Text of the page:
That new cloud app may help your business work smarter, but did you know that it could be impacting your GDPR compliance? Relentless Privacy & Compliance explain how.
From accounting to marketing, managing day-to-day office functionality to making those all-important sales, there isn’t a single aspect of modern business that hasn’t in some way been improved by the evolution of cloud-based Software-as-a-Service (SAAS platforms.
Not only do the likes of Salesforce, Sage, ADP and Microsoft Office 365 help businesses to reduce costs by eliminating the need for expensive software licenses, they also help to significantly improve performance, efficiency and all-round collaboration.
So it’s no wonder that more and more businesses are turning to the cloud than ever before, with around 77% of organisations using at least one cloud-based SAAS solution.
Yet if you’re thinking about joining that 77% and migrating more of your office functionality to the cloud, there’s something you should know:
Using a SAAS platform could affect how compliant you are with current data protection laws such as GDPR.
Today, the data protection specialists at Relentless Privacy and Compliance explain how carrying out a comprehensive Data Protection Impact Assessment (DPIA) can ensure you continue to enjoy frictionless GDPR compliance when working in the cloud.
First, however, let’s look at the threat to your compliance posed by modern SAAS platforms.
Cloud Services and Your Data Protection Responsibilities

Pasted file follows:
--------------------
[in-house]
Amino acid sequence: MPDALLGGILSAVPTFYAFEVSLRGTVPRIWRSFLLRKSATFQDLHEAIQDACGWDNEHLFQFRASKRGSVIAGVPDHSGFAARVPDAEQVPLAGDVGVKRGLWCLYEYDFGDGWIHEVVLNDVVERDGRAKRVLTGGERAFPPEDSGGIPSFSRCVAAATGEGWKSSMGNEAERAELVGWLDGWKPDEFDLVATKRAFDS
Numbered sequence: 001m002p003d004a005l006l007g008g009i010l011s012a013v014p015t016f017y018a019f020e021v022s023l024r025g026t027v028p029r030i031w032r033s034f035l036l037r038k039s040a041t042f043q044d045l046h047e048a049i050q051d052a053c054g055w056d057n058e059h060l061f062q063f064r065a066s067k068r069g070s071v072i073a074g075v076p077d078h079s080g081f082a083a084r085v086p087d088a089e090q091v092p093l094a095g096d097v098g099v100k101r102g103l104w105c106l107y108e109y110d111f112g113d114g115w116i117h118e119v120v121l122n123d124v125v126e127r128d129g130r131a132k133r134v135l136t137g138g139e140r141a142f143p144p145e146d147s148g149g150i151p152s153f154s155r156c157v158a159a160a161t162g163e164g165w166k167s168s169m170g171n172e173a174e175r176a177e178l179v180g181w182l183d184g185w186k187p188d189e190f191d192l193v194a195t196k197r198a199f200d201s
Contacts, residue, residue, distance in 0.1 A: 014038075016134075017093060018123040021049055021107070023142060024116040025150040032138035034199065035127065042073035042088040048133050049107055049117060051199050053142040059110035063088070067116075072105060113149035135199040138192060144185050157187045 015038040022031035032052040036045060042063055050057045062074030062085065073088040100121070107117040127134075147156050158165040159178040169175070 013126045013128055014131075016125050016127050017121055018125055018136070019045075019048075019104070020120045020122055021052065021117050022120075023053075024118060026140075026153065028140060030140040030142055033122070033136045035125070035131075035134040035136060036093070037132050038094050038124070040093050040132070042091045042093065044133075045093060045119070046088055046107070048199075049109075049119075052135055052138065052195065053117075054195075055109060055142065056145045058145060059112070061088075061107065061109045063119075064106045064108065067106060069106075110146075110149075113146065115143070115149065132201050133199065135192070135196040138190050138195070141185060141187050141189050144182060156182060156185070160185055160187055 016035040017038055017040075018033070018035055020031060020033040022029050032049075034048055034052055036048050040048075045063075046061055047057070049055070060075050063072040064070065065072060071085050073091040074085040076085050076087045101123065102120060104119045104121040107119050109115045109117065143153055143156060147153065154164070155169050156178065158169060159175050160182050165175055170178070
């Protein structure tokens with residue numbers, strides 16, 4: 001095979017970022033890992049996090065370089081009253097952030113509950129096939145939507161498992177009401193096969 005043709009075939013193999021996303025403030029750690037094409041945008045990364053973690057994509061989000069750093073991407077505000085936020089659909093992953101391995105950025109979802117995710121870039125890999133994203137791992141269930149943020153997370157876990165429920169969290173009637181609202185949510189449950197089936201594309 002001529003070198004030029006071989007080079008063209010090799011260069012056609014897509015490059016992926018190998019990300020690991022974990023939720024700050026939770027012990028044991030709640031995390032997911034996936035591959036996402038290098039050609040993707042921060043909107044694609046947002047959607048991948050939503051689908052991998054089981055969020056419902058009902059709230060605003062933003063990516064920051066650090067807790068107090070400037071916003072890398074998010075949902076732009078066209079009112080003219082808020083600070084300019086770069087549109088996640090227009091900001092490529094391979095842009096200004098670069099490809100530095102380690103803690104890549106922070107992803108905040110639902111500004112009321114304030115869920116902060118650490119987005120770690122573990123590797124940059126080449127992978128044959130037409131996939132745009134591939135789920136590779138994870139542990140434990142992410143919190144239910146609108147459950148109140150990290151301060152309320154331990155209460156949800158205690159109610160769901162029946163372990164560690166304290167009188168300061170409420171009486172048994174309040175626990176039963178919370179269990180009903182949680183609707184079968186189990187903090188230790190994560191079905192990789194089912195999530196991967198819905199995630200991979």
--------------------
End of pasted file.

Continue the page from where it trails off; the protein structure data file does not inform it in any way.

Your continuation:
By now, you’ve likely done a lot of work to ensure your GDPR compliance strategies, policies and procedures are absolutely airtight. That includes ensuring you have both technological and organisational measures in place to protect the private personal information of your customers. Yet when you take any office functions requiring data processing and migrate them to a cloud software solution, you lose some of that airtight control you have over your data.
Because whether you’re using Sage, Salesforce or something else entirely, the minute you input data into those apps, you are technically making them your data processor and entrusting them with the responsibility of protecting your data on their servers.
Does that make those companies solely responsible for data protection?
Who is Responsible for Personal Data Stored on a Cloud App?
It’s true that any company which processes the data of EU data subjects has to be fully compliant with GDPR, and since any data you input into say, your cloud-based Sage software gets stored on Sage’s servers, that does indeed make them responsible for protecting it.
Yet that doesn’t mean you’re off the hook if something should happen to that data. As a data controller, the ultimate responsibility comes down to you. Since you authorised Sage to process that data, you’re still liable if something goes wrong.
The good news, is that this doesn’t have to be as scary, nor as complicated, as it sounds.